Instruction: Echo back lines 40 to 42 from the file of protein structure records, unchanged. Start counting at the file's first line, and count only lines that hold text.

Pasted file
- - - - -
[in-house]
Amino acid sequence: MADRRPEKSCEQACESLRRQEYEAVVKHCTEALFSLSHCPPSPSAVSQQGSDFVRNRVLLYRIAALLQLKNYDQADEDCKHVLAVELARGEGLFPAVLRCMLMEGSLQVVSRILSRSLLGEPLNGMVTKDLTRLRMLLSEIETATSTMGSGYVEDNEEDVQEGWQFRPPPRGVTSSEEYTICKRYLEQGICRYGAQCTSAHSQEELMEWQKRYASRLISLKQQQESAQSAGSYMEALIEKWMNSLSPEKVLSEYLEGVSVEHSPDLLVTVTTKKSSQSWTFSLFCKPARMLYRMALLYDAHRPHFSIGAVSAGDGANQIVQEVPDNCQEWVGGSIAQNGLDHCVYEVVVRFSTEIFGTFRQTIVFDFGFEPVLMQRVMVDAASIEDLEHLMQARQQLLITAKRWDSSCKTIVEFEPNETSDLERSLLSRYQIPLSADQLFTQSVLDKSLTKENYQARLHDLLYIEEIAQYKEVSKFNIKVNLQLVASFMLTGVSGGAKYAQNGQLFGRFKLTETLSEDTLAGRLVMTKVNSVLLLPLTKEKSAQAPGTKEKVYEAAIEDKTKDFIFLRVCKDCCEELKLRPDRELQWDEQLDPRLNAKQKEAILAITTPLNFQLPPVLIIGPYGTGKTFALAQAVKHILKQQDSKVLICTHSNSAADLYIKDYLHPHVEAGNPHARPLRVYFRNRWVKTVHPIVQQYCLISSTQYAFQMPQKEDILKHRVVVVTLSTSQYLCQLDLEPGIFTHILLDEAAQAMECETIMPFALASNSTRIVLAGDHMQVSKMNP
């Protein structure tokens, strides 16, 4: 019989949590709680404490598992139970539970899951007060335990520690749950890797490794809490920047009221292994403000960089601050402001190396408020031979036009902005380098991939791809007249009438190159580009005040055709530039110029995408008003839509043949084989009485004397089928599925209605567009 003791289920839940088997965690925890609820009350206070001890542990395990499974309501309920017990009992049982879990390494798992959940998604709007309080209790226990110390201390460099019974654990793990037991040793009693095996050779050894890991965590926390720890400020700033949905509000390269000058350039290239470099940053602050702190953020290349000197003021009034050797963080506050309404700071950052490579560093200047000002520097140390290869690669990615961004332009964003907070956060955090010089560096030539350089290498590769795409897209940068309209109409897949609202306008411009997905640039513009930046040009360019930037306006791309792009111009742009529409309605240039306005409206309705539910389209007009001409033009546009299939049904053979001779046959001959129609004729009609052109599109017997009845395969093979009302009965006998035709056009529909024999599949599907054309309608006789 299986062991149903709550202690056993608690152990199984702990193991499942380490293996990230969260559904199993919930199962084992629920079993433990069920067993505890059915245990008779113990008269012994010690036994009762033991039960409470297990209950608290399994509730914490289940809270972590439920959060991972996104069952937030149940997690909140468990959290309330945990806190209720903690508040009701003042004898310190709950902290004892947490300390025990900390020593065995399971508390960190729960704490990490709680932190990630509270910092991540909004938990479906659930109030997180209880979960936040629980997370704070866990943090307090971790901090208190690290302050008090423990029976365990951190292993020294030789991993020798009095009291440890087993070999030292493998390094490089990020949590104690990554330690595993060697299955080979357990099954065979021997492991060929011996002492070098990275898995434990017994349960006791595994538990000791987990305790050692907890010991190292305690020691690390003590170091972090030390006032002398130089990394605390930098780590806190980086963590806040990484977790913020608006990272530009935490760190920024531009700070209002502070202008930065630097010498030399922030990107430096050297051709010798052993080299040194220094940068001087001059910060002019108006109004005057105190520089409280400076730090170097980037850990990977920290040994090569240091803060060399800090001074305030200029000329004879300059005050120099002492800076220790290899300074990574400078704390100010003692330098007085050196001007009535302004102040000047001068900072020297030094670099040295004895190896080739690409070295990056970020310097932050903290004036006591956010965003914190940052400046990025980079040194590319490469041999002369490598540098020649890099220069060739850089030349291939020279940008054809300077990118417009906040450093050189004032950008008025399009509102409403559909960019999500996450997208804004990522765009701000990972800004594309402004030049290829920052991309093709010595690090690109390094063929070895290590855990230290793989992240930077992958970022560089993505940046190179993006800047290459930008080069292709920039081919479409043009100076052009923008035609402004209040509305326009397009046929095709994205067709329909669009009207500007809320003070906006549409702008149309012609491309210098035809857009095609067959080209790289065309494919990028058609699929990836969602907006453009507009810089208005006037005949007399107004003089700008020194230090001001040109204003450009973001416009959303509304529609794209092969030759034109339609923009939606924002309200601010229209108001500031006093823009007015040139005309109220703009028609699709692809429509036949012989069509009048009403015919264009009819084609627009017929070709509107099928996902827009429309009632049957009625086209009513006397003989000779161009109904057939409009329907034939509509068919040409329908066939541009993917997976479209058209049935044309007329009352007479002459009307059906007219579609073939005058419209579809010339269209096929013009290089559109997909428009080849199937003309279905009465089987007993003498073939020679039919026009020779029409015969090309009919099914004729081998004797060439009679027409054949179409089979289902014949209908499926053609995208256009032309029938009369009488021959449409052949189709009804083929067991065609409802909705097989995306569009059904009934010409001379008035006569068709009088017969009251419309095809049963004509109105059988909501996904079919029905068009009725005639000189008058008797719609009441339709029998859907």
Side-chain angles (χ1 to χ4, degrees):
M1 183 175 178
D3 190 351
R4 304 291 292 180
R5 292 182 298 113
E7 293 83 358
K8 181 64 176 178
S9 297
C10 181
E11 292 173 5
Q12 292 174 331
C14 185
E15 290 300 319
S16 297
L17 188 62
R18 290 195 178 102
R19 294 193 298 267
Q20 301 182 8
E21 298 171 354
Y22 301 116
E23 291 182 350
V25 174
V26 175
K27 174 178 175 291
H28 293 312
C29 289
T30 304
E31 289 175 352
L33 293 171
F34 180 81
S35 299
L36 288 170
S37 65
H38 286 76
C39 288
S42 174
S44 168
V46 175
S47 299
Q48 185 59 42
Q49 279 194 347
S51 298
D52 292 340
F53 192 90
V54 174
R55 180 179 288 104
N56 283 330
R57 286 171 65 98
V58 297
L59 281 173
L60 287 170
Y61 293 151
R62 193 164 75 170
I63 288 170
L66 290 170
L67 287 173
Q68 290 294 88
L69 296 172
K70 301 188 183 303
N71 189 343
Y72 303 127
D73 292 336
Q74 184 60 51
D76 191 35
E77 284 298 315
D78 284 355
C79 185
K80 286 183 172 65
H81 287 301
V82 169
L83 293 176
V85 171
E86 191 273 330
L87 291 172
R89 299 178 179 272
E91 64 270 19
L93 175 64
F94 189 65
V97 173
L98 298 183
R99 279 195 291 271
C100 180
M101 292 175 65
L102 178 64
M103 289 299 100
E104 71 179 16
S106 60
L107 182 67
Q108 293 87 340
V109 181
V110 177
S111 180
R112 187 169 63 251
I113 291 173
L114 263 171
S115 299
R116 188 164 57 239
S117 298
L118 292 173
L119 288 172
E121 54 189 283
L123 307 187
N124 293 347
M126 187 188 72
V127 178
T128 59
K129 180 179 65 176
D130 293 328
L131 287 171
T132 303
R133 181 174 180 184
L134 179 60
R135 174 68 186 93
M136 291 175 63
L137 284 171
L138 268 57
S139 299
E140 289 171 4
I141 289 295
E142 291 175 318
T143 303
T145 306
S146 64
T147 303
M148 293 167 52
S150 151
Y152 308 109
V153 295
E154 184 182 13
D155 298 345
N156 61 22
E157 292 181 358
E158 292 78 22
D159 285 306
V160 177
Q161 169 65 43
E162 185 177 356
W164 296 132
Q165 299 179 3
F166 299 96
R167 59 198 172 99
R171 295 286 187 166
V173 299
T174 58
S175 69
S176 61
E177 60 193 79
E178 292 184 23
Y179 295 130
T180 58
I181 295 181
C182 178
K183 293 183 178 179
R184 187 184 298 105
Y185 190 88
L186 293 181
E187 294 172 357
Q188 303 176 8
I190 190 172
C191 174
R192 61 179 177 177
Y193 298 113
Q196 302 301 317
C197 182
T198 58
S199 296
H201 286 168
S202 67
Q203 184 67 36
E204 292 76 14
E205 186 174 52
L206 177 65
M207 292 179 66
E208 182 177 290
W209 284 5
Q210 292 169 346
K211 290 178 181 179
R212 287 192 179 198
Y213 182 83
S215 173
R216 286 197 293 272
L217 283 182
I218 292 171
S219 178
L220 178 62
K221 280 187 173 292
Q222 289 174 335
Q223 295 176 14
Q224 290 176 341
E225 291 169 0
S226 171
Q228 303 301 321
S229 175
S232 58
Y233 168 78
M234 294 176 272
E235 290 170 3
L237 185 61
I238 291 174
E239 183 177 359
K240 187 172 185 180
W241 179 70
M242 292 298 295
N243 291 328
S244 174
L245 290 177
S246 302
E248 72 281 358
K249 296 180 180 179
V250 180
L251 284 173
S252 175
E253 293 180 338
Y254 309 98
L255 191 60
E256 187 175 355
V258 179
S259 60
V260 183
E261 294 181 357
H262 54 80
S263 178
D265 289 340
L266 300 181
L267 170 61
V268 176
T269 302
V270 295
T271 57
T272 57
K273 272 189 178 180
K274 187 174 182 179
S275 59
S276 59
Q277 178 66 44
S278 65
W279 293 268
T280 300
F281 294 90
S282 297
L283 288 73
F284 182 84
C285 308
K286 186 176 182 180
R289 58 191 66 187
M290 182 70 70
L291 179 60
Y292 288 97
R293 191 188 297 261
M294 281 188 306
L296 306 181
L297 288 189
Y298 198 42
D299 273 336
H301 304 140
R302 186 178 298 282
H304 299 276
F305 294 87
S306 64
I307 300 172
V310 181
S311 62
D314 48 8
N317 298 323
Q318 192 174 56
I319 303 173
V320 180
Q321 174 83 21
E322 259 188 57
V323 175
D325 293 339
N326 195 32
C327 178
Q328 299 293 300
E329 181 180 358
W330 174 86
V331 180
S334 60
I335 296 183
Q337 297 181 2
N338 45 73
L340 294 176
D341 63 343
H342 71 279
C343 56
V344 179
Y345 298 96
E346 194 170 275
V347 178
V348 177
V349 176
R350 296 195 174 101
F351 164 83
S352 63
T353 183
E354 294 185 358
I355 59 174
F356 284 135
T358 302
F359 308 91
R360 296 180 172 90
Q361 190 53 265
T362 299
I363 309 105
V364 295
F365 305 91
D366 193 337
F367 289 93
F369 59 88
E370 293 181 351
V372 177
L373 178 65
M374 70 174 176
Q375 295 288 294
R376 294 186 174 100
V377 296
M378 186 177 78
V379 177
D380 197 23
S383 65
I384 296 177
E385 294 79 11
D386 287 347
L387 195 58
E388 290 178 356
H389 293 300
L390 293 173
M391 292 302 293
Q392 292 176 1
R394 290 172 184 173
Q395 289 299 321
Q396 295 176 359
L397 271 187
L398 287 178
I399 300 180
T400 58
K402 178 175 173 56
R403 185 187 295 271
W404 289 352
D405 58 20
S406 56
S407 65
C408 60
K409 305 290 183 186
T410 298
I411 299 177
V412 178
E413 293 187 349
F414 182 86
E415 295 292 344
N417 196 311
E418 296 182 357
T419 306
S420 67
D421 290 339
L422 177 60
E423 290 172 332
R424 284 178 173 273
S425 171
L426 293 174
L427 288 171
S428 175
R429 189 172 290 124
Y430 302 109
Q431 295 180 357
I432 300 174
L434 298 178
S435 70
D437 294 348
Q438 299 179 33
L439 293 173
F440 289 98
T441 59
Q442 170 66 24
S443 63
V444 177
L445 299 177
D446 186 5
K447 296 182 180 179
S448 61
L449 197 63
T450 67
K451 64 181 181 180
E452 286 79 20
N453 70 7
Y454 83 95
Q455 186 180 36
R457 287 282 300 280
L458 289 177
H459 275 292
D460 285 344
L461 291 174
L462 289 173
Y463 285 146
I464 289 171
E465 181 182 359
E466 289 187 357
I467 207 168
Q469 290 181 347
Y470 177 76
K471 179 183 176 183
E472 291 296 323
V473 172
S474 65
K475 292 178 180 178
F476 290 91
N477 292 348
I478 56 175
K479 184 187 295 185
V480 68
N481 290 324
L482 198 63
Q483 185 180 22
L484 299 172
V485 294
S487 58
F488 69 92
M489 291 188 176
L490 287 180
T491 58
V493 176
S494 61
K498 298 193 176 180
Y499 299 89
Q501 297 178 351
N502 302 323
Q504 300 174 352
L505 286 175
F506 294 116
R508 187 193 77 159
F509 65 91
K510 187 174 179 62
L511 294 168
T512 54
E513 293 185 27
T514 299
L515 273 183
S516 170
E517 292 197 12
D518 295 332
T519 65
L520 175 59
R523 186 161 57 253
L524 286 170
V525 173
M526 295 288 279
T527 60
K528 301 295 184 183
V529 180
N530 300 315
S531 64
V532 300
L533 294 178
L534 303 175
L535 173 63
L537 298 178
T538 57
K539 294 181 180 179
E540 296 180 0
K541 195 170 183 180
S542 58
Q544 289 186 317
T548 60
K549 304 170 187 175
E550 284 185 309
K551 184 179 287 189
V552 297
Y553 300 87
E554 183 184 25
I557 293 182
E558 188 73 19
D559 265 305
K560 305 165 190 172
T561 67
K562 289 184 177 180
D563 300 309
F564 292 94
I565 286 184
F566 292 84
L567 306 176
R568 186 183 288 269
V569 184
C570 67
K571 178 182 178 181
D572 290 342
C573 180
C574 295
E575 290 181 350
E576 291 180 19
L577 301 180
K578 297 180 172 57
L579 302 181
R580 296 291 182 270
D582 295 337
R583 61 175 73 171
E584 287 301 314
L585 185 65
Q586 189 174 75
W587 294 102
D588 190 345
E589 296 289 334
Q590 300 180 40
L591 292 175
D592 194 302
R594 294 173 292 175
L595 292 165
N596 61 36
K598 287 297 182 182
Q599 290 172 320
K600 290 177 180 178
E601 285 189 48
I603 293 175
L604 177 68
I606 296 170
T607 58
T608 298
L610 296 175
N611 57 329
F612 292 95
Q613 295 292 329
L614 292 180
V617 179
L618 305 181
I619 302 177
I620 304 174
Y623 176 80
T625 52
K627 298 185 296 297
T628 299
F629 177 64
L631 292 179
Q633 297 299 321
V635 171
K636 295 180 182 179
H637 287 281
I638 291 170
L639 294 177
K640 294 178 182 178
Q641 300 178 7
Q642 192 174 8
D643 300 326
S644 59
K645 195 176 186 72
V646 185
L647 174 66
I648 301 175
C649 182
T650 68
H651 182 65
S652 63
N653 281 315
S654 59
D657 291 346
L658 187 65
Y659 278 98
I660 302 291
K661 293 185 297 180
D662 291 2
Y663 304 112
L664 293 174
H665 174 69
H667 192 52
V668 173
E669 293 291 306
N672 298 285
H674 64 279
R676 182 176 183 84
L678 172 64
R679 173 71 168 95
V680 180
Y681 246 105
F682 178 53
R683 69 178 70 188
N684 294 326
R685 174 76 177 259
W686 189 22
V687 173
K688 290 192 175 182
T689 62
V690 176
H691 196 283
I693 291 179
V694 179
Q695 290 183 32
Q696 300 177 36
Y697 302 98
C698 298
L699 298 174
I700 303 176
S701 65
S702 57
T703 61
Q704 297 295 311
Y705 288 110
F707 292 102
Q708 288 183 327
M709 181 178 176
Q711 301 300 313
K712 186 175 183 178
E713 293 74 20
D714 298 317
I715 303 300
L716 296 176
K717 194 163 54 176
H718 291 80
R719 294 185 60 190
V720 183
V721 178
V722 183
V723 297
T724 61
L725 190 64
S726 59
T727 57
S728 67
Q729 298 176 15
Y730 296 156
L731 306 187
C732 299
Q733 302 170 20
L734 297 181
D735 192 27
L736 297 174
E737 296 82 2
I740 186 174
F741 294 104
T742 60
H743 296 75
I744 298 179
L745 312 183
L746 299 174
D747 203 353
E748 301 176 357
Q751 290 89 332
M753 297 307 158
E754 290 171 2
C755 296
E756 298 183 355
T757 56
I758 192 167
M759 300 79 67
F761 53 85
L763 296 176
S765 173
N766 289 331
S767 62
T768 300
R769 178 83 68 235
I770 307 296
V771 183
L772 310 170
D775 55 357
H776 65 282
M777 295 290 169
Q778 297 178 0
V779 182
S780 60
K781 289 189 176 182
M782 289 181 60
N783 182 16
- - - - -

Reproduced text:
S44 168
V46 175
S47 299